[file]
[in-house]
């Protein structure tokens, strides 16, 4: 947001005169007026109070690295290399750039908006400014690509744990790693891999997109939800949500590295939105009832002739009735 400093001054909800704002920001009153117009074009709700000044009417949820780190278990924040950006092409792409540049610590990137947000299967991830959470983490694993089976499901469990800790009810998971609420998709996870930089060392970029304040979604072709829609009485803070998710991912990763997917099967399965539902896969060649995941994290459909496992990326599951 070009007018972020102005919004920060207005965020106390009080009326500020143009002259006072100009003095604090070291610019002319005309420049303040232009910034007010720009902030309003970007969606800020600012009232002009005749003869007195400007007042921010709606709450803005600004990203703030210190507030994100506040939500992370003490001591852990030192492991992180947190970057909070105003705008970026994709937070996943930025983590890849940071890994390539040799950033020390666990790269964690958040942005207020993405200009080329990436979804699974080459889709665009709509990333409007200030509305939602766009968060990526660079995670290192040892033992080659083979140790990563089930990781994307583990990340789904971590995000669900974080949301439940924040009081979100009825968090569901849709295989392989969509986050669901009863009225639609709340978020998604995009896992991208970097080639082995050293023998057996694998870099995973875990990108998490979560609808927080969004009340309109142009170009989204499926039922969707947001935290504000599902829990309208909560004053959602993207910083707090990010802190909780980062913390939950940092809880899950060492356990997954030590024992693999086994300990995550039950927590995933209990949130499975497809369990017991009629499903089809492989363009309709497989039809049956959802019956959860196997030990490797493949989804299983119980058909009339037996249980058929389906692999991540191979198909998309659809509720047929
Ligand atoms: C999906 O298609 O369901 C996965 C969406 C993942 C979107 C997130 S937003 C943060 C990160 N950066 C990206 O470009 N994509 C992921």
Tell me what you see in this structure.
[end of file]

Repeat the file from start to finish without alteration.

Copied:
[in-house]
């Protein structure tokens, strides 16, 4: 947001005169007026109070690295290399750039908006400014690509744990790693891999997109939800949500590295939105009832002739009735 400093001054909800704002920001009153117009074009709700000044009417949820780190278990924040950006092409792409540049610590990137947000299967991830959470983490694993089976499901469990800790009810998971609420998709996870930089060392970029304040979604072709829609009485803070998710991912990763997917099967399965539902896969060649995941994290459909496992990326599951 070009007018972020102005919004920060207005965020106390009080009326500020143009002259006072100009003095604090070291610019002319005309420049303040232009910034007010720009902030309003970007969606800020600012009232002009005749003869007195400007007042921010709606709450803005600004990203703030210190507030994100506040939500992370003490001591852990030192492991992180947190970057909070105003705008970026994709937070996943930025983590890849940071890994390539040799950033020390666990790269964690958040942005207020993405200009080329990436979804699974080459889709665009709509990333409007200030509305939602766009968060990526660079995670290192040892033992080659083979140790990563089930990781994307583990990340789904971590995000669900974080949301439940924040009081979100009825968090569901849709295989392989969509986050669901009863009225639609709340978020998604995009896992991208970097080639082995050293023998057996694998870099995973875990990108998490979560609808927080969004009340309109142009170009989204499926039922969707947001935290504000599902829990309208909560004053959602993207910083707090990010802190909780980062913390939950940092809880899950060492356990997954030590024992693999086994300990995550039950927590995933209990949130499975497809369990017991009629499903089809492989363009309709497989039809049956959802019956959860196997030990490797493949989804299983119980058909009339037996249980058929389906692999991540191979198909998309659809509720047929
Ligand atoms: C999906 O298609 O369901 C996965 C969406 C993942 C979107 C997130 S937003 C943060 C990160 N950066 C990206 O470009 N994509 C992921």
Tell me what you see in this structure.